May 13, 2009
Tides of change hit the College when President Morty Schapiro, who had worked at the College for 20 years, prepared the College for his departure. Looking back on his career at Williams, he was quoted as saying, “This decade we’ve done a couple of things right … the students are much more intellectually engaged, diverse.” His term at the College, as with all presidents, had been a unique era in Williams history, and his leaving ushered in a new one (“Schapiro prepares College for his departure,” May 13, 2009).
May 8, 1979
Up until the 1960s, Williams was defined by a now nonexistent Greek life. A testament to the power of the Greek system at the College is the fact that, even in 1979 after the abolition of fraternities in 1962, the story of the return of Tyler House’s moose head made Record headlines. The moose head had been stolen by a rival fraternity of Psi Upsilon’s (then a resident at Tyler House) at Bowdoin a couple of years earlier. Tyler House had already made a couple of attempts to take it back. Finally, they managed to reclaim it, though the moose head suffered some losses in stuffing (“Moose Returns to Tyler,” May 8, 1979).
May 12, 1978
In this “Analysis of alcohol related issues on campus,” the Record examined the College drinking scene of the 1970s. Apparently, a national survey was conducted that put national drinking levels way above that of Williams college students – leading to the conclusion that in 1978, students of the College drank less than the average American (“Williams drinks less than national norms,” May 12, 1978).
May 5, 1956
In this particularly interesting article, the Record reported on recent research that was conducted in order to determine the habits, attitudes and mannerisms of the typical Williams man. The result of this research? Apparently, the Williams man loved Budweiser but, as the end of the year drew closer, showed an increased tolerance for cheaper beer: “Sales of 30c sixteen-ounce Ballantines rapidly increase.” Favorite drinks of 1956 Ephs included “a new drink, nebulously known as gin and juice … milk punch is a close runner-up … followed by scotch-and-soda and faintly distilled diluted bourbon.” When the surveyed Ephs were asked what their favorite pastimes were, 33 percent said “Women,” “Girls” and “Females” respectively. The last one percent said “Broads.” While the student body has since diversified to include such women, girls, females and “broads” alongside the male students, many things – the growing tolerance for cheap alcohol, for example – stay the same (“Typical Williams Man Prefers Milk Punch, Sex, Budweiser,” May 5, 1956).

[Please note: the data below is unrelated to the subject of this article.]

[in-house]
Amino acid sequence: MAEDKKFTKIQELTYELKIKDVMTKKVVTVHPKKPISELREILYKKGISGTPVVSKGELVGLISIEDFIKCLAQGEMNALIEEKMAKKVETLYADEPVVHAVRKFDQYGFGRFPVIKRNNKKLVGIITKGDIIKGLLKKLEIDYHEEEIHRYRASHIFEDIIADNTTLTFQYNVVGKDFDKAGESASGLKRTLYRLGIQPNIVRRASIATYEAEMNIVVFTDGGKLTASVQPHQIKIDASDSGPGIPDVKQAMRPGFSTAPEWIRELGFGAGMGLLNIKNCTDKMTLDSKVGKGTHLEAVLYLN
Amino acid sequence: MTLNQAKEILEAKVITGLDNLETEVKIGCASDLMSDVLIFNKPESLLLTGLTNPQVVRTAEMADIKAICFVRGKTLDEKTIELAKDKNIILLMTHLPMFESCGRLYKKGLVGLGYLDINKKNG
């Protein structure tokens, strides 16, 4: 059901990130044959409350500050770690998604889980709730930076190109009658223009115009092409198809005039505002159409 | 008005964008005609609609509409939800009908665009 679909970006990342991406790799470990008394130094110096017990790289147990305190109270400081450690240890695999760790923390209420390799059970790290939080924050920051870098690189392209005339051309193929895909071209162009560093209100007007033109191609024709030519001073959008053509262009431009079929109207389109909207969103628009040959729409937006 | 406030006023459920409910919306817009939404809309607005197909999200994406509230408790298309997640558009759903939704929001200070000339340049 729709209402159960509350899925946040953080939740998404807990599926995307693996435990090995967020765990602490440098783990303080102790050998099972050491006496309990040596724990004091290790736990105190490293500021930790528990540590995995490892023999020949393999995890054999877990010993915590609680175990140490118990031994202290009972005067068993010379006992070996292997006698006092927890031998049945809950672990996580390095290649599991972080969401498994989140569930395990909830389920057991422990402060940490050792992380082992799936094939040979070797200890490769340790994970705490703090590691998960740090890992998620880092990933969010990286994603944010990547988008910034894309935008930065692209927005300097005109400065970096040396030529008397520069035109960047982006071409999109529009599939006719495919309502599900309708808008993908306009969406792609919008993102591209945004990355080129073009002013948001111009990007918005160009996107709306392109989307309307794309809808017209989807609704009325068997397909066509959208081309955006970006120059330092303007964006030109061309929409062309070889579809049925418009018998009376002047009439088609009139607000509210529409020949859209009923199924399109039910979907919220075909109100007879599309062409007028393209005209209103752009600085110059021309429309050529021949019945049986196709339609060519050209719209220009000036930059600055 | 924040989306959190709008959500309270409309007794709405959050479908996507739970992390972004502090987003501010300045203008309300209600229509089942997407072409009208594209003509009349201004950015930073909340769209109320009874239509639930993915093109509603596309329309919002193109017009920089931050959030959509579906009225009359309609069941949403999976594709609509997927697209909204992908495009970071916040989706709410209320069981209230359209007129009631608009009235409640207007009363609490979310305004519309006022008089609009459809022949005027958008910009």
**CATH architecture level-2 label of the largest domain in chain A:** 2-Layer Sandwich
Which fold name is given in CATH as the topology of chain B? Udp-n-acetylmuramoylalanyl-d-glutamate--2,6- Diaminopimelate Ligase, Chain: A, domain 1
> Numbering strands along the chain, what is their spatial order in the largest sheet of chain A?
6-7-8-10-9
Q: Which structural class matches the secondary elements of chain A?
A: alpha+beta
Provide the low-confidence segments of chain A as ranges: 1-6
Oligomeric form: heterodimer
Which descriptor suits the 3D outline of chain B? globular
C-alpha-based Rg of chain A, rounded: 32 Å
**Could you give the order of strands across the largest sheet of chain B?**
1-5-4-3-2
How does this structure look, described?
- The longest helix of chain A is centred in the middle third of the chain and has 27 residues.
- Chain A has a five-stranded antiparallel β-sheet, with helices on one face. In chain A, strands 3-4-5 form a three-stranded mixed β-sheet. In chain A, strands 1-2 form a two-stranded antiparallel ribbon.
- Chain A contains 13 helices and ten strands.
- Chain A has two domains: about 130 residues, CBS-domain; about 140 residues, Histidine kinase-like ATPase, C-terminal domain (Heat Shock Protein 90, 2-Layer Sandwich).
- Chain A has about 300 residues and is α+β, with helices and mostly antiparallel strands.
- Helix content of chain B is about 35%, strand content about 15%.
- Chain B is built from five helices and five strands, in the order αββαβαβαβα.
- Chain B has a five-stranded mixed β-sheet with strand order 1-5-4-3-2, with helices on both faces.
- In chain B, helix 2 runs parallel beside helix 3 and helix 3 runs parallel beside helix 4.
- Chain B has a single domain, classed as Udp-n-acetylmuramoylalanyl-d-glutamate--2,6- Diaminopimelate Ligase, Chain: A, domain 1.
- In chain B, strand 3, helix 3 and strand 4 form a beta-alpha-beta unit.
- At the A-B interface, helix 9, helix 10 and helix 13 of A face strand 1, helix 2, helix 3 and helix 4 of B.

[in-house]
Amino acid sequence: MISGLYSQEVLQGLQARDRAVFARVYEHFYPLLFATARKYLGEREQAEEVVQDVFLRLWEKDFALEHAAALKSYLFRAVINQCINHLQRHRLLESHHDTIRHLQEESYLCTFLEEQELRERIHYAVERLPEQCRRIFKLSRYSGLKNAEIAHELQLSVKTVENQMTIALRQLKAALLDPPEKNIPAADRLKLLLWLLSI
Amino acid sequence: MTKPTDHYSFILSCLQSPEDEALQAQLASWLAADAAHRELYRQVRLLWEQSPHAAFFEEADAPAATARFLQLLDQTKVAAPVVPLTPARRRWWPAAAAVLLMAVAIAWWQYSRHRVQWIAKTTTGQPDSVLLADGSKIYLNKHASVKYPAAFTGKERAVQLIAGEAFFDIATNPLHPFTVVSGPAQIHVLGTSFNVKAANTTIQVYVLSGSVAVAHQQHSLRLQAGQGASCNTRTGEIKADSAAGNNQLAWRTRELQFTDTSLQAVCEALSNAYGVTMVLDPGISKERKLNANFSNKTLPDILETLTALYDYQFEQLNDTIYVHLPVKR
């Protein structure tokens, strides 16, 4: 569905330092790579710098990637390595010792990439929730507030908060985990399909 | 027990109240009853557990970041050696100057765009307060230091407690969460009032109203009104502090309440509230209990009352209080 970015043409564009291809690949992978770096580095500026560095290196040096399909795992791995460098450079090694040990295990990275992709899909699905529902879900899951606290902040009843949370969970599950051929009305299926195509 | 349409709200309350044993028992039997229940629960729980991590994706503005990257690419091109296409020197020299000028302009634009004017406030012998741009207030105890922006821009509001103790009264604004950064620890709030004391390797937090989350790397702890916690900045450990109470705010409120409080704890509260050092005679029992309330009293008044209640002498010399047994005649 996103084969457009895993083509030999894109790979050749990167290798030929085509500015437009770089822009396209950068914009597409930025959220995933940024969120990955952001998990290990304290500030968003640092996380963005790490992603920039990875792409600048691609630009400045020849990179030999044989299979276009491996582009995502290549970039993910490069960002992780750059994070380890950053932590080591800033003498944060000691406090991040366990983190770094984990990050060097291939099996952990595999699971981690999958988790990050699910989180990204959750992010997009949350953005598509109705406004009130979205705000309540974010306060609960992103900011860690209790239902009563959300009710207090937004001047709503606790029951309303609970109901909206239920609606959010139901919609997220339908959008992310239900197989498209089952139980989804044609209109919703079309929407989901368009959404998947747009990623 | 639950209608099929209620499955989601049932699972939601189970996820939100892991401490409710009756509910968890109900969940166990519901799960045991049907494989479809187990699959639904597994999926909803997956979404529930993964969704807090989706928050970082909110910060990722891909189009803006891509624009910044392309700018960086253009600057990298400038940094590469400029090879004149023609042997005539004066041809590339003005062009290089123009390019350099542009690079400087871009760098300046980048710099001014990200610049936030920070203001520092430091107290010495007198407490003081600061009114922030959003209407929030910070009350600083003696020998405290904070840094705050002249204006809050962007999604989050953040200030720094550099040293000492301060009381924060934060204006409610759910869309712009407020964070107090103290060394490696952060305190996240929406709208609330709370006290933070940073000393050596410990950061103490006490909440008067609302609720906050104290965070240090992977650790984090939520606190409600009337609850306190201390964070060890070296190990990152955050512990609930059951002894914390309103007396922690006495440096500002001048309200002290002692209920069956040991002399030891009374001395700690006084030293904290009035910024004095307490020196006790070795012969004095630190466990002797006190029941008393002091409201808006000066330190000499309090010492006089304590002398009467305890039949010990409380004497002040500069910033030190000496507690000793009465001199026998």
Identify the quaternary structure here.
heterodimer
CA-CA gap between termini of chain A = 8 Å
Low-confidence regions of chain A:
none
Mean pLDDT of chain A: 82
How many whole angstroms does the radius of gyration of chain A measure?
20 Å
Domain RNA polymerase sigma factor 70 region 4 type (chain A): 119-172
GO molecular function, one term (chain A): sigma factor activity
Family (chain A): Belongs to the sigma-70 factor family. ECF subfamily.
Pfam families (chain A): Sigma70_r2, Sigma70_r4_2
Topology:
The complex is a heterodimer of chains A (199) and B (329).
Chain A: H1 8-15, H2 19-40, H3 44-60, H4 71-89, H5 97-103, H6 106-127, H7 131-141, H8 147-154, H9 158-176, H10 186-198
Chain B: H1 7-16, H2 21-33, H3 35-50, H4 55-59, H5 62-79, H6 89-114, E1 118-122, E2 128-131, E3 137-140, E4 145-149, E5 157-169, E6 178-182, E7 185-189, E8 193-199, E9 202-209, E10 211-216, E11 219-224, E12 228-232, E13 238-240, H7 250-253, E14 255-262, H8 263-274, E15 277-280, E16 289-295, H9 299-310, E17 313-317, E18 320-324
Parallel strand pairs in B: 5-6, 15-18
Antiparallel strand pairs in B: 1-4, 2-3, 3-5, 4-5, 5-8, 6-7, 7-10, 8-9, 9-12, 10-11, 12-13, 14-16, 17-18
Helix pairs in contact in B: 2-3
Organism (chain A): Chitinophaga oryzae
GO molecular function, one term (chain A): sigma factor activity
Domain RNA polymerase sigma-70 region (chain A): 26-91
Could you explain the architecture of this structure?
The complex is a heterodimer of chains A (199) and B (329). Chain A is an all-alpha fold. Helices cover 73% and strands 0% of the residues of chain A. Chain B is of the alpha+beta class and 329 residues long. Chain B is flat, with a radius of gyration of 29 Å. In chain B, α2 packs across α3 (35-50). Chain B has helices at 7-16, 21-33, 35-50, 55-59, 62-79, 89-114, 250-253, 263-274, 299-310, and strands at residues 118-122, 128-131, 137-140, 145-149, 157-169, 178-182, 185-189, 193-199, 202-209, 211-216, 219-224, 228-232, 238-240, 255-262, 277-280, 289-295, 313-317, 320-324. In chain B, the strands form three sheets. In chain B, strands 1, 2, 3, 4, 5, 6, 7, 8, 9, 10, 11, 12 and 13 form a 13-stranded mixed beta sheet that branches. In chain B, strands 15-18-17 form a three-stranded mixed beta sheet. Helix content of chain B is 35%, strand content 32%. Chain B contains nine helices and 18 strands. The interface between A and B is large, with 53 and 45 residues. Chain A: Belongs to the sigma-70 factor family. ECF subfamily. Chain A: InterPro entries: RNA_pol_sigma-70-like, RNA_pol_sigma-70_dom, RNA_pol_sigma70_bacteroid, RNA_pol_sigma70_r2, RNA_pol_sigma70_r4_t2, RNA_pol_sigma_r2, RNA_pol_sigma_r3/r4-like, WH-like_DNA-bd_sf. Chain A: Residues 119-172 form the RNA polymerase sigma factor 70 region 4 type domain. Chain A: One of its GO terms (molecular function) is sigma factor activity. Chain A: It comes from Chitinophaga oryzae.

May 21, 1914
At meetings held in the week reported on, the nature of the relationship between students and the College was redefined. All students but first-years met and elected the members of the first ever Williams Student Council. While a meeting of all the upperclassmen may sound like way too many bodies in a room, it is important to remember that a Williams class in 1914 was just over 150 students (“Classes Elect Men to First Student Council,” May 21, 1914).